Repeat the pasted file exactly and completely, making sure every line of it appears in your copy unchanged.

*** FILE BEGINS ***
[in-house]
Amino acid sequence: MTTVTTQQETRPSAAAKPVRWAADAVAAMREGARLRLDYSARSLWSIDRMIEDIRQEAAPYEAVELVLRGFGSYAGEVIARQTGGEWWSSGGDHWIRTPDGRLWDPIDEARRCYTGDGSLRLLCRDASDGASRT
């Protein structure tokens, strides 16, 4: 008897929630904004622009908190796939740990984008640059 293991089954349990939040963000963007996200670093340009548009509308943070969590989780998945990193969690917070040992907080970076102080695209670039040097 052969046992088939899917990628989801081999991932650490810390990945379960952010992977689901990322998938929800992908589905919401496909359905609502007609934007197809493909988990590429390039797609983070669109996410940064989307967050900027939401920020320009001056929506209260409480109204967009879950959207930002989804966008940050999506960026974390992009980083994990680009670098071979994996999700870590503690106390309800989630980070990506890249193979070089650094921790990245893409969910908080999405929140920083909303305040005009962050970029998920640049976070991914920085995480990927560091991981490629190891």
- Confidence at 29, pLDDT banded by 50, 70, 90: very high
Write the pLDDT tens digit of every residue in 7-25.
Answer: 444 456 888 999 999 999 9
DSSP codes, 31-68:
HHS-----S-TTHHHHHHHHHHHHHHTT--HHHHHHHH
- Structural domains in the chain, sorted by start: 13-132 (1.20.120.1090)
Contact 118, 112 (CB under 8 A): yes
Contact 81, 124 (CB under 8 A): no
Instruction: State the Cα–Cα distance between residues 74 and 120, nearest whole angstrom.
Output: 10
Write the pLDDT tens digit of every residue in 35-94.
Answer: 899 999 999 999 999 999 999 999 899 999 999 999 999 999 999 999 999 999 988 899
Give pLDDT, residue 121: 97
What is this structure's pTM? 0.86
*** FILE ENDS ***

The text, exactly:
[in-house]
Amino acid sequence: MTTVTTQQETRPSAAAKPVRWAADAVAAMREGARLRLDYSARSLWSIDRMIEDIRQEAAPYEAVELVLRGFGSYAGEVIARQTGGEWWSSGGDHWIRTPDGRLWDPIDEARRCYTGDGSLRLLCRDASDGASRT
């Protein structure tokens, strides 16, 4: 008897929630904004622009908190796939740990984008640059 293991089954349990939040963000963007996200670093340009548009509308943070969590989780998945990193969690917070040992907080970076102080695209670039040097 052969046992088939899917990628989801081999991932650490810390990945379960952010992977689901990322998938929800992908589905919401496909359905609502007609934007197809493909988990590429390039797609983070669109996410940064989307967050900027939401920020320009001056929506209260409480109204967009879950959207930002989804966008940050999506960026974390992009980083994990680009670098071979994996999700870590503690106390309800989630980070990506890249193979070089650094921790990245893409969910908080999405929140920083909303305040005009962050970029998920640049976070991914920085995480990927560091991981490629190891």
- Confidence at 29, pLDDT banded by 50, 70, 90: very high
Write the pLDDT tens digit of every residue in 7-25.
Answer: 444 456 888 999 999 999 9
DSSP codes, 31-68:
HHS-----S-TTHHHHHHHHHHHHHHTT--HHHHHHHH
- Structural domains in the chain, sorted by start: 13-132 (1.20.120.1090)
Contact 118, 112 (CB under 8 A): yes
Contact 81, 124 (CB under 8 A): no
Instruction: State the Cα–Cα distance between residues 74 and 120, nearest whole angstrom.
Output: 10
Write the pLDDT tens digit of every residue in 35-94.
Answer: 899 999 999 999 999 999 999 999 899 999 999 999 999 999 999 999 999 999 988 899
Give pLDDT, residue 121: 97
What is this structure's pTM? 0.86